What ‘Priscilla’ Can Teach us this Pride
The movie that still makes me proud to be queer a quarter of a century later
Pride season is upon us and it makes me think of all things gay and glittery. It’s a time to celebrate all the wonderful aspects that make us queer and also to reflect on those things that create divisions within and between our communities and that keep us from being more united and powerful.
As a gay man, I reflect on those cultural moments that have mirrored my own queerness back to me resulting in a strong feeling of belonging. Looking back, I now recognize that those were moments of pride: the fulfillment of an unnamed yearning to connect with queer culture.
One of those times was when I first watched The Adventures of Priscilla, Queen of the Desert at the tender age of 8. I remember being completely engrossed and riveted. When you see yourself being represented onscreen, it evokes a deep feeling of connection unlike any other; especially because those depictions were so few and far between back then. Priscilla did not only reveal queerness in a way that I had never seen before, it also struck a deeper chord — the unsettling sort that evokes both fear and excitement at the same time. I was left thirsty to become one of the queer people onscreen (I wasn’t quite sure which one yet), while also knowing that I was equally terrified of the barren, treacherous stretches of desert that I would have to traverse in order to become a fully-realized, bonafide homo.
Looking back, I now recognize that those were moments of pride: the fulfillment of an unnamed yearning to connect with queer culture.
For those who haven’t seen Priscilla or who need some reminding (the latter hopefully), it follows Tick (Hugo Weaving), Adam (Guy Pearce) and Bernadette (Terence Stamp) as they venture from the relative safety of Sydney across the barren outback to perform their drag act in Alice Springs, where Tick’s estranged wife and son live. Tick and Adam are gay men who do drag for a living while Bernadette is an older transgender woman who used to be a well-known performer. On their journey, they encounter a variety of characters, including dangerously homophobic sorts (in one town, their bus is vandalized with the graffiti wording AIDS fuckers go home; in another, Adam is nearly attacked by a homophobic gang) as well as more accepting and welcoming folk.
Each character represents a sort of queer archetype: Tick lives an openly gay life in Sydney while anxious about revealing his sexuality and his livelihood to his son. He appears to be stuck somewhere between fully accepting himself and being dragged back into the closet because of his one-time romance with a woman. He questions what type of father he would be as a gay man and a drag queen. Adam is flamboyant and obnoxious; yet this is merely his way of putting up walls to deal with his pain. He is crying out for attention and to be seen but often goes about finding it in destructive ways. And while Bernadette is older and more knowledgeable, instead of being a benevolent maternal figure, she occasionally comes off as a bitter, old queen who has built up a hardened exterior. As they venture out into the wide, barren Australian desert, they are also venturing inwards and need to learn how to love those aspects of each other that they hate most about themselves.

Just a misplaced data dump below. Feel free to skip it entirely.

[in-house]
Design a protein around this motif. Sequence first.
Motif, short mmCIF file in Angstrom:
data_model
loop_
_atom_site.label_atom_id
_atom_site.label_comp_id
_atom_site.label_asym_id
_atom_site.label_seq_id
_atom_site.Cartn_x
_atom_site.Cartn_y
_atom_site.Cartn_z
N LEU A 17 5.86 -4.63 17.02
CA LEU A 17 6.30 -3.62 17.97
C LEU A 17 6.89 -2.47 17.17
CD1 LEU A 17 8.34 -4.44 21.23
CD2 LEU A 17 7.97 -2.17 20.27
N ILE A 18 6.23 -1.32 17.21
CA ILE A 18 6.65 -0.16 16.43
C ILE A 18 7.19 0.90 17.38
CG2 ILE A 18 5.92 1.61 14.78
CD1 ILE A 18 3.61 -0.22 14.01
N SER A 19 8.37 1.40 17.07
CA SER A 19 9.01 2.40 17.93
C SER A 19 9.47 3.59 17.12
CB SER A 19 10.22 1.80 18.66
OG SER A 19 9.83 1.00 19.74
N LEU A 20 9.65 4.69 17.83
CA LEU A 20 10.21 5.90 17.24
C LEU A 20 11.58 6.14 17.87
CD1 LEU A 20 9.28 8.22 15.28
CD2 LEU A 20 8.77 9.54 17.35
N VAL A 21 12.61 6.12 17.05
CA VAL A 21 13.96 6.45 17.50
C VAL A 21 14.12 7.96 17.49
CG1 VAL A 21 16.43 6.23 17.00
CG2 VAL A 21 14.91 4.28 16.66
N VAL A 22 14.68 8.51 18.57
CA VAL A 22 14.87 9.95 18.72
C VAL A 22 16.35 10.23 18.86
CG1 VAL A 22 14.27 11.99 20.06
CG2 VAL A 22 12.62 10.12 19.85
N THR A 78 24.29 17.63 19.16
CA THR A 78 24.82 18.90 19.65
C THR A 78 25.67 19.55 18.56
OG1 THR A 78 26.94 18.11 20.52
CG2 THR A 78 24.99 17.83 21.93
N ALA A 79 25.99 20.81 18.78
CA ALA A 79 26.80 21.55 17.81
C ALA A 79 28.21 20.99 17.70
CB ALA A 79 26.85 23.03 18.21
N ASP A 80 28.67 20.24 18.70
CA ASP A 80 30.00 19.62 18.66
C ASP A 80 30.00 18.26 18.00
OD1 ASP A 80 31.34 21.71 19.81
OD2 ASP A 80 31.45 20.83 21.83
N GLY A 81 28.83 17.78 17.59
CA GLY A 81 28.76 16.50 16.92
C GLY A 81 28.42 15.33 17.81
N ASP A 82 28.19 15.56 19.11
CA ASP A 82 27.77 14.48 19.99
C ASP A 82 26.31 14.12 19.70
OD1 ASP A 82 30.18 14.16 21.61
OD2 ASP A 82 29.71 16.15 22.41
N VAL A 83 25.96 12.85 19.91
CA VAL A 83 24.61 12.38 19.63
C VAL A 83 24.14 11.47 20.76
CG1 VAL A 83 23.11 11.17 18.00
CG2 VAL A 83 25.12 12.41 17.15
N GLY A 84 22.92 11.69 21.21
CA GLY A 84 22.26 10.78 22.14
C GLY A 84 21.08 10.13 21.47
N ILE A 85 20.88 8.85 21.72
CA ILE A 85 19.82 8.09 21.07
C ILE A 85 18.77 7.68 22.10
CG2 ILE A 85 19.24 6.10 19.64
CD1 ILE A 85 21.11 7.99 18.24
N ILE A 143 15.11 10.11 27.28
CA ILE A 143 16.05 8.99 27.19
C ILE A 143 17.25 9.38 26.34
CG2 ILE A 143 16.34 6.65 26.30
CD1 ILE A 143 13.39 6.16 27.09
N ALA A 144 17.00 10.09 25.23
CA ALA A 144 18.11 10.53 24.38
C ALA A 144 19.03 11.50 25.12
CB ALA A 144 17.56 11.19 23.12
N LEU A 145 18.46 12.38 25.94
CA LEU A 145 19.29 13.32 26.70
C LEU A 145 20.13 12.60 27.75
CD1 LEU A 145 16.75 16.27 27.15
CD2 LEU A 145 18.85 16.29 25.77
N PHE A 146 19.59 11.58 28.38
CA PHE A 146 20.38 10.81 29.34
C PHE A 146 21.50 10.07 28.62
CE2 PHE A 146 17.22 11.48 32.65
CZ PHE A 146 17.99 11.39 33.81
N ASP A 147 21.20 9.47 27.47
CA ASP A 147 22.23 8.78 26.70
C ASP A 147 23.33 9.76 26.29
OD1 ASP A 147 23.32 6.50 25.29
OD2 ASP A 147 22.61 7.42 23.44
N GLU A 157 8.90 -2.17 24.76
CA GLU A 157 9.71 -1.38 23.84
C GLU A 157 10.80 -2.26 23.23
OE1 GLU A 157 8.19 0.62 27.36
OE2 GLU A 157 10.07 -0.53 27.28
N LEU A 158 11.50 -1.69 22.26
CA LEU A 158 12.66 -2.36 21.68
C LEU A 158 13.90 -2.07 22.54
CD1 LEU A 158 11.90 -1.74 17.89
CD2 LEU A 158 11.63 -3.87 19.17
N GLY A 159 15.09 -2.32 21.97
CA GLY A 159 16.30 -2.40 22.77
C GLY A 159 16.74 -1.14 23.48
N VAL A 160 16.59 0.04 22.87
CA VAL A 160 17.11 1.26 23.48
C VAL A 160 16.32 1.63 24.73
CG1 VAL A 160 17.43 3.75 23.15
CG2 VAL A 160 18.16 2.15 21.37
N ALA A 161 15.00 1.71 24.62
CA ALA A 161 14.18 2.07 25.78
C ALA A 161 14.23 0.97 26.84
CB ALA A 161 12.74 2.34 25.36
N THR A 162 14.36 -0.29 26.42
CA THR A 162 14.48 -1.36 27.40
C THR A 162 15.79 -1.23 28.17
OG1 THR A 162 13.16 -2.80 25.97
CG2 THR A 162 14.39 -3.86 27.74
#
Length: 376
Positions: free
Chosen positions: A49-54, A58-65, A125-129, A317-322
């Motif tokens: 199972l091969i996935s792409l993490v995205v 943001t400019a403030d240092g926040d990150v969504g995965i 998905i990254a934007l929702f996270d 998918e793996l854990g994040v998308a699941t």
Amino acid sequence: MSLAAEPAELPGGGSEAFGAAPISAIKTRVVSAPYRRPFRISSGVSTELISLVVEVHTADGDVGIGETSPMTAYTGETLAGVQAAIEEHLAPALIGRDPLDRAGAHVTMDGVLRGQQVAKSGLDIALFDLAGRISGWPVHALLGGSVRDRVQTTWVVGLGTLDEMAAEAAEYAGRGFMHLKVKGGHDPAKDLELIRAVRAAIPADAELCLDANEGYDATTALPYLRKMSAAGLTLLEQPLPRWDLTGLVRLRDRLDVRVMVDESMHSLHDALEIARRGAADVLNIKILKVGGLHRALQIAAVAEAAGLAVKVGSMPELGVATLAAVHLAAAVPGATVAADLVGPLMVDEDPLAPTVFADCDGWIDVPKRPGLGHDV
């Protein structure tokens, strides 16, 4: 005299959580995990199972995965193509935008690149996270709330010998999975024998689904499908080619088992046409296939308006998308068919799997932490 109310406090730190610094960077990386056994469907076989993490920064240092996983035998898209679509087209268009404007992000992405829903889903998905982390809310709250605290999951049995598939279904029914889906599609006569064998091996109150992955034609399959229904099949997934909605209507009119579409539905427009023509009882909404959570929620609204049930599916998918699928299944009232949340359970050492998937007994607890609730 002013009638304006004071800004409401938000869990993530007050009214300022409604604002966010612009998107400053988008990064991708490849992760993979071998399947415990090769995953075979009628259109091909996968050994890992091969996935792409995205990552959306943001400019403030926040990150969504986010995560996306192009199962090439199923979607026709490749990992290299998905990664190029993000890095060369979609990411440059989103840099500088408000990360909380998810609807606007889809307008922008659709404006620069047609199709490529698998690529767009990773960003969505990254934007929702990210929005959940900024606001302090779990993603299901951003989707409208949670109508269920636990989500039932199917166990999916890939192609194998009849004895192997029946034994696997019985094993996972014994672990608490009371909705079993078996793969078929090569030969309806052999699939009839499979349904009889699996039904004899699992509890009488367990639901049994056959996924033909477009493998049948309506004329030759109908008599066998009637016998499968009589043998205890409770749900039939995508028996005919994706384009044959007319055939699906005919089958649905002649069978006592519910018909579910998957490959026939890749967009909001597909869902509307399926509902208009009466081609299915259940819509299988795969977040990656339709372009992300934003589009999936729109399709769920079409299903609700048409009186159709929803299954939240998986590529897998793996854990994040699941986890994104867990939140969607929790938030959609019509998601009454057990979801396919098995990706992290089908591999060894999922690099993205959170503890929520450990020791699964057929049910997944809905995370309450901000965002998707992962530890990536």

Priscilla is a glitter goldmine when it comes to taking a frank look at what it means to be queer. This probably explains its enduring cultural impact. There is so much that divides the queer community: race, gender-identity, how masculine or feminine we are, how well or badly we accord with heteronormative standards, our overly-critical inner gaze. But Priscilla also reminds us that it is all of these things that we should celebrate, and ultimately, it is these things that bring us together.
When Adam is nearly mauled by the homophobic gang, it is Bernadette who comes to the rescue: she unleashes her unique blend of mother and mercenary and she is invincible. She reminds me of the drag queens and trans women who fought so bravely on that night in 1969 at the Stonewall Inn. They weren’t afraid of anything or anyone because their journey taught them how to be fearless. It’s Adam’s disarming brand of camp and unapologetic queerness that endear him to Tick’s son, allow Tick to be himself and help father and son to begin an authentic relationship. It is our very queerness — our brokenness, our openness, our oddities — that bestows upon us our unique powers.
Pride season always leaves me feeling a bit like I did after watching Priscilla that first time: excited and yet equally apprehensive. Being queer isn’t easy, hasn’t ever been and isn’t likely to become much easier anytime soon. But as Bernadette says when comforting Adam: “Come on. Don’t let it drag you down. Let it toughen you up. I can only fight because I’ve learnt to.”
It is our very queerness — our brokenness, our openness, our oddities — that bestows upon us our unique powers.
Let’s celebrate how far we’ve come, how much tougher we are and just how proud we are to be here and to be queer.
Krishen Samuel is a queer author with a master’s degree in Public Health and has previously written for the Huffington Post UK and the Gay and Lesbian Review Worldwide.
Follow me on Twitter @krishensamuel